It’s a good platform and I use it regularly. But I just don’t understand all the hype.

  3. I think Matt is bang on the money with this, the main reason I chose FB over Hi 5 (too many teenagers) and MySpace (too many crap bands, shitty layouts and posuers) was its simple elegance. It’s clean look and ease of use.

    While a few of these apps are useful the majority turn the page into a mess of stupidity and distraction (and if I get yet another invite to use yet another tedious app I’ll commit mass murder I swear!)…

  4. Matt I’m just curious – as an early user do you feel that Facebook owes you anything for early adopting and/or continuing to use it? ie these huge valuations come from the “value” of the user base, thus one could argue that users deserve at least a modest share of the value of the company. That said, 25 million users into a billion is only $40 per person thus you could argue you get that value just from Facebook’s program goodness.

  5. I was one of the first 1000 users on Facebook and lived about a quarter mile from Mark when he started the site. My friend lived across the hall from him in a Harvard dorm. I have watched Facebook closely from the very start. IMO the new F8 platform will both help and hurt them. Sure, a lot of new applications have been developed for Facebook. But it closed the gap between Facebook and MySpace in terms of appearance. Most of my friends think profiles with applications appear cluttered. MySpace, Bebo, and the other networks will come out with their own platforms soon.

    If Facebook, MySpace, Bebo, etc, all have open platforms, then what really separates them? The header, footer, and default color scheme? The top widgets/applications will be made in versions for each network. Additionally, any new social network (i.e. Yahoo mosh) can come along with an open platform and instantly have 1000 great widgets that users can plug in. I would argue that this new movement towards an open platform has hurt Facebook more than it has helped, they just don’t realize it yet.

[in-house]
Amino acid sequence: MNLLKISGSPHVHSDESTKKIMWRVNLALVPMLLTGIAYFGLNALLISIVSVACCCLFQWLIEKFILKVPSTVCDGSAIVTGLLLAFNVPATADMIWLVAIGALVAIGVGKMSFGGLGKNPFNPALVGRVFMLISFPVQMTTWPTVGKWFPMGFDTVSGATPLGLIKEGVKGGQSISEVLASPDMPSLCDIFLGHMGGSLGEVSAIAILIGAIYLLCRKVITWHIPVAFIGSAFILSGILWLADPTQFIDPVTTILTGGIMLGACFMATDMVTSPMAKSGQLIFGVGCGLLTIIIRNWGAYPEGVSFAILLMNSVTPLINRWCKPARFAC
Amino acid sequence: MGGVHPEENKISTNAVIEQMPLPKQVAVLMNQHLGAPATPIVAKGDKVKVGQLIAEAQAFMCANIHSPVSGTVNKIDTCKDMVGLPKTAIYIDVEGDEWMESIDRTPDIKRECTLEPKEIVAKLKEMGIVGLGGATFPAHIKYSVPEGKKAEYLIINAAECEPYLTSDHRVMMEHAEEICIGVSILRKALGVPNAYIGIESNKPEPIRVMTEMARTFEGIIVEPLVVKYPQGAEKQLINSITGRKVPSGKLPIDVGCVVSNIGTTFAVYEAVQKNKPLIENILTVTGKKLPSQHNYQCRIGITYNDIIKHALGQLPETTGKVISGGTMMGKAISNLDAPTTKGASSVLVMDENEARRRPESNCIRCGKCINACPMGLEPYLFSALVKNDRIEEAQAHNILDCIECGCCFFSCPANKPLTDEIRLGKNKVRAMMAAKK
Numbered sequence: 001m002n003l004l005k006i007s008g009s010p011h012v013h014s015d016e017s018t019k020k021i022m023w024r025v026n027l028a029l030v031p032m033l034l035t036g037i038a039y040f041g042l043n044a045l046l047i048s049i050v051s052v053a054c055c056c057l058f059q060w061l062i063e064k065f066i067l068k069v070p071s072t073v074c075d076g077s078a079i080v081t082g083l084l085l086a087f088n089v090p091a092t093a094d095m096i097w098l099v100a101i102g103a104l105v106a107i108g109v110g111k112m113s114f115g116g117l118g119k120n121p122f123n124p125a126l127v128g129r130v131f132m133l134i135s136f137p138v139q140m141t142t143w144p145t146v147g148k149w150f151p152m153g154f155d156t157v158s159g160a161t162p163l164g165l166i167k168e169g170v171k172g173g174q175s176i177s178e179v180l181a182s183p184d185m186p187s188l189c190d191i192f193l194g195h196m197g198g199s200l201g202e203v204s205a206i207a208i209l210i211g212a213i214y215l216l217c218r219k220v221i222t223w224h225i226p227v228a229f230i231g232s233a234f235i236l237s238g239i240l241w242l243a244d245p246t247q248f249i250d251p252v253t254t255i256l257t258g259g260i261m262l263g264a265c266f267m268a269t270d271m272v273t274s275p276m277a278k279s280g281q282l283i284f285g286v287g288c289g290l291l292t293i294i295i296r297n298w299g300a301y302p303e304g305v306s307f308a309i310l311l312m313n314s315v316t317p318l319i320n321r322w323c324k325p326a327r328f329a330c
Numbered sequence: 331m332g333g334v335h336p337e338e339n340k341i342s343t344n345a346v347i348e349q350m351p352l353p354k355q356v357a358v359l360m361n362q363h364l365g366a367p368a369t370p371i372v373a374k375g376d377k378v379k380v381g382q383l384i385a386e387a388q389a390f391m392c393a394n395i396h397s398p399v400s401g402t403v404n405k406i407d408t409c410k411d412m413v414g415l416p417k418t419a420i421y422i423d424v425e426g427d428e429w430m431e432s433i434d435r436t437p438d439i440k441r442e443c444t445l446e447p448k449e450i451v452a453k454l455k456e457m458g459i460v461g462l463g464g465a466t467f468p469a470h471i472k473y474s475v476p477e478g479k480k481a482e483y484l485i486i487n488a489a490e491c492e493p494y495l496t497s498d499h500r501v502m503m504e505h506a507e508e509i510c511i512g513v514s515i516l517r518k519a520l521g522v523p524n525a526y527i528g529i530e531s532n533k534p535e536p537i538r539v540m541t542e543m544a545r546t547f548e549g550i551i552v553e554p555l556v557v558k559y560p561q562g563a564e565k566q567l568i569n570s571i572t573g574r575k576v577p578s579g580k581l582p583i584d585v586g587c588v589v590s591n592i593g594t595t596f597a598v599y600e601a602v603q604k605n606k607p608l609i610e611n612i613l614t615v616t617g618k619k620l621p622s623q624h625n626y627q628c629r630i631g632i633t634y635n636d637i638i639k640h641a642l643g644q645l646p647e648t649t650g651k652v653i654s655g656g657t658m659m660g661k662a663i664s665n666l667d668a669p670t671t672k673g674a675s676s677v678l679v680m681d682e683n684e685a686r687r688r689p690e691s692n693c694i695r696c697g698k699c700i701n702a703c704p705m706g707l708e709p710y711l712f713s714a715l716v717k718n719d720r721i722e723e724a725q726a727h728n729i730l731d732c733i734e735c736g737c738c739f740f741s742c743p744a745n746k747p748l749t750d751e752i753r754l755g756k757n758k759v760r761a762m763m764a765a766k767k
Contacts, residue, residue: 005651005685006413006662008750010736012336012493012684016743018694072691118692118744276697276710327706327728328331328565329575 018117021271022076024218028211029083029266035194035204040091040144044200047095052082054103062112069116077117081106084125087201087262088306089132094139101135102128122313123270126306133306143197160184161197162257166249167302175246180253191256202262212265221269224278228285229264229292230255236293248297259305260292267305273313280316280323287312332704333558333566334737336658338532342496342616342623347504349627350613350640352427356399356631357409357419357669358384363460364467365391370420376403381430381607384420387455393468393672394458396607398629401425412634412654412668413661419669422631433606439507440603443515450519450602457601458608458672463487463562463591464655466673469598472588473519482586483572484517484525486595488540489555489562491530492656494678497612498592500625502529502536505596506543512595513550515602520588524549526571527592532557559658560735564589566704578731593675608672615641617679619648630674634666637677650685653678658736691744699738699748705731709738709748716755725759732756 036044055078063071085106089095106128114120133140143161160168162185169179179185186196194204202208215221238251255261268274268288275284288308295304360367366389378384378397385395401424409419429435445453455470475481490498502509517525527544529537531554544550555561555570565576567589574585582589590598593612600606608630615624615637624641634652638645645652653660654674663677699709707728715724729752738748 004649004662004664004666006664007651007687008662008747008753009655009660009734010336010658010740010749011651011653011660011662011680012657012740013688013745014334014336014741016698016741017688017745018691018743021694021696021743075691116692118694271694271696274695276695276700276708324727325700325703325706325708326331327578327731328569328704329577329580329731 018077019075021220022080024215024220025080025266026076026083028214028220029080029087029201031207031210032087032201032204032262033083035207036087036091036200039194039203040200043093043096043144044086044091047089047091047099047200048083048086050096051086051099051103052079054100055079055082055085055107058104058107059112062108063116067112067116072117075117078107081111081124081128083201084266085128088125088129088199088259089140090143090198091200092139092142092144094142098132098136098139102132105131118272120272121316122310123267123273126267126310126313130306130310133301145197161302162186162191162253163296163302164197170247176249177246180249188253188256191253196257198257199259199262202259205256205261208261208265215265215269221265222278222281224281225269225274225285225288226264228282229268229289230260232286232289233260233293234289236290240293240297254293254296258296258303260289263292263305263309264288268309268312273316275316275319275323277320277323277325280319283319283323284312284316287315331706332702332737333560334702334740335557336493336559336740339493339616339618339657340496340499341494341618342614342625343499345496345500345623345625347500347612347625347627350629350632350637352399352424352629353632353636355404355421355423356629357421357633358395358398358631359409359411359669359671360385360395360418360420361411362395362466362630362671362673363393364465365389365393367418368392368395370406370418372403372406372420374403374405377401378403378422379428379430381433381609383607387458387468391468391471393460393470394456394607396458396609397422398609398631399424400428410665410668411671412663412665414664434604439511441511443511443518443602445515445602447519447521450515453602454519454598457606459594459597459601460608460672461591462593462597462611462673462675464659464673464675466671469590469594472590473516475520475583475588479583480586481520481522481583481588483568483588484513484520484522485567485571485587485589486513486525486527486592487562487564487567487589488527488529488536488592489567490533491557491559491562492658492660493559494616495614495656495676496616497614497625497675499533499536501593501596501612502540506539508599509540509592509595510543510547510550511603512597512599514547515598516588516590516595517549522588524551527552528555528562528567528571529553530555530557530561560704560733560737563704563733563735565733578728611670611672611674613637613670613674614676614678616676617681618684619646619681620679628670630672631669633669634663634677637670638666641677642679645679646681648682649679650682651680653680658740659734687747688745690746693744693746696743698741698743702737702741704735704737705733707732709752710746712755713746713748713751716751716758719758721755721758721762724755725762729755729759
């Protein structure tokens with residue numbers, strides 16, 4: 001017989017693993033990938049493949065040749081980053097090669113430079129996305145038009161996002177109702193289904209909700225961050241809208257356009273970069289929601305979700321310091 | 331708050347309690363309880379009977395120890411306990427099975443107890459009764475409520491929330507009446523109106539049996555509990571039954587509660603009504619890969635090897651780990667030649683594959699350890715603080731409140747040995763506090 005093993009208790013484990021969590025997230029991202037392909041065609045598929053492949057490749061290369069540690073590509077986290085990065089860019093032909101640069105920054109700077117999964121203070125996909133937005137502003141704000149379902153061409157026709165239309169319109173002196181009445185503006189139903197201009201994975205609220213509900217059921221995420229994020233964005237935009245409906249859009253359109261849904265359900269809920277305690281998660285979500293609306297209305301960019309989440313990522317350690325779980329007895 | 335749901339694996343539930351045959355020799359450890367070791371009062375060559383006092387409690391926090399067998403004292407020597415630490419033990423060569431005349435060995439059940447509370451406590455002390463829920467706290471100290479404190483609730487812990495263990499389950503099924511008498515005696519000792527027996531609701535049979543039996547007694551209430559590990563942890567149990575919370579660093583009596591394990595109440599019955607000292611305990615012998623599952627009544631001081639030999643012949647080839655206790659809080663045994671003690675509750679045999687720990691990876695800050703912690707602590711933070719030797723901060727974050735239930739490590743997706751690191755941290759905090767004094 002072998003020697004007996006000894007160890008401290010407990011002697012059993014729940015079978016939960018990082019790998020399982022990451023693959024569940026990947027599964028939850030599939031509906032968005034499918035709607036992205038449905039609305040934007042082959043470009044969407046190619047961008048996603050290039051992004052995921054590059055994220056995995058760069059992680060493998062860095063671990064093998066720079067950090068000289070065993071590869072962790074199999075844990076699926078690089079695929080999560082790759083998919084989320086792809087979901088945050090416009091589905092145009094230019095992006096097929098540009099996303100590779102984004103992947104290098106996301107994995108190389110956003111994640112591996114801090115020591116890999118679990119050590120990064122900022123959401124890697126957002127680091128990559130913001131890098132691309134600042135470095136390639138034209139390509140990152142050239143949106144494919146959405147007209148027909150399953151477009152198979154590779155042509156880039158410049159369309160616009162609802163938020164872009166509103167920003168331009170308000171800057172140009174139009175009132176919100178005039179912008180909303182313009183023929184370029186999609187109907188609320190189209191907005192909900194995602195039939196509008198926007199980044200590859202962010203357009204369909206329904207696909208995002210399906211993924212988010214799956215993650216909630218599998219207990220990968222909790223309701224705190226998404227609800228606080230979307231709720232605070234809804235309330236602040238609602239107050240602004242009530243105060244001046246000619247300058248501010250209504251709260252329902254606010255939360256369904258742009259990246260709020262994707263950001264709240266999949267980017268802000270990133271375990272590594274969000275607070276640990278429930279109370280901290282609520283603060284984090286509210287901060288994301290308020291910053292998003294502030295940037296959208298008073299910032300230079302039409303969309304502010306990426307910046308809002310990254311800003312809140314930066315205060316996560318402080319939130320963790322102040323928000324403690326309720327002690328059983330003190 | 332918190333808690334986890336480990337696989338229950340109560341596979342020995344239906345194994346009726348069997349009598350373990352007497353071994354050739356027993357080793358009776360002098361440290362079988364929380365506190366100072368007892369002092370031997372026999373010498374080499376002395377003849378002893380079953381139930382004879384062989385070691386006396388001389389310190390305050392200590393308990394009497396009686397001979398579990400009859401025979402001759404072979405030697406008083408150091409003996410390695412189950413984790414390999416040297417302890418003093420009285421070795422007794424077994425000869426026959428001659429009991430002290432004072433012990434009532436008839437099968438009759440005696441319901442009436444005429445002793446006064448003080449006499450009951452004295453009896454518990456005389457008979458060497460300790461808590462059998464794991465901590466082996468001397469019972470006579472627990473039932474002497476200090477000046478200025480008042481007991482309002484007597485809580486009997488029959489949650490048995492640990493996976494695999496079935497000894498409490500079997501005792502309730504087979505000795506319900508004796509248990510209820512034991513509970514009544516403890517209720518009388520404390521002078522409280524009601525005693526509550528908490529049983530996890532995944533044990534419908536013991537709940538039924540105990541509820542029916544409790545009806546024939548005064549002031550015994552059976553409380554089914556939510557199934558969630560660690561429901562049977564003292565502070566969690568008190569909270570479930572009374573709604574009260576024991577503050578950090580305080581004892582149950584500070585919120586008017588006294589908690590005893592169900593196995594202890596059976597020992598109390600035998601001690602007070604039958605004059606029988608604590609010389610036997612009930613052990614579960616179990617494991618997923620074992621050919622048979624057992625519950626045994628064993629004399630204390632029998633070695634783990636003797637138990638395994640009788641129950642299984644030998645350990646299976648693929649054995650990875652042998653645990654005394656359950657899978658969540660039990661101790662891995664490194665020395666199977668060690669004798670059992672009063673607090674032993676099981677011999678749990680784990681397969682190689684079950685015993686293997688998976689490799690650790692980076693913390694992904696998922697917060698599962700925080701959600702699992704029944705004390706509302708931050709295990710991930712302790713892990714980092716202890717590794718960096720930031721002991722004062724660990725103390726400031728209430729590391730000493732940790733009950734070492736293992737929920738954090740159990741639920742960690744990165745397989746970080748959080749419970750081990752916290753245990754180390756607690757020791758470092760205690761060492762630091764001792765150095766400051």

6. jccodez

    They are electronic sheep herders, the only problem, they have no control over the sheeple or the fence…they will move to another site at the drop of a hat. I would not touch this company if I were microsoft…In fact, I hope google buys them for 10 billion…that would prove how moronic the web 2.0 bubble has become.

  7. Yup, it’s a head shaker. Tech uncertainty seems to breed bizarre speculative valuations. In Bubble 1 it seemed almost every startup was valued foolishly by VCs, where now they are gambling with modest startup funding and assuming they’ll lose most of the bets but win big on a few. Yet for “successful” companies like Facebook and YouTube that have made it through the first rounds of money and social acceptance the perceived upsides seem even higher than in Bubble 1.

  8. When these companies talk about IPO, means they are for sale & already in negotiations. Remember YT IPO comments?

    Let’s see if the $100M revenue card is played correctly or if it is just a negotiation tactic.

    If FB can’t attract ads and once FB fad/craze dies down, let’s see if it can fetch even few hundred millions.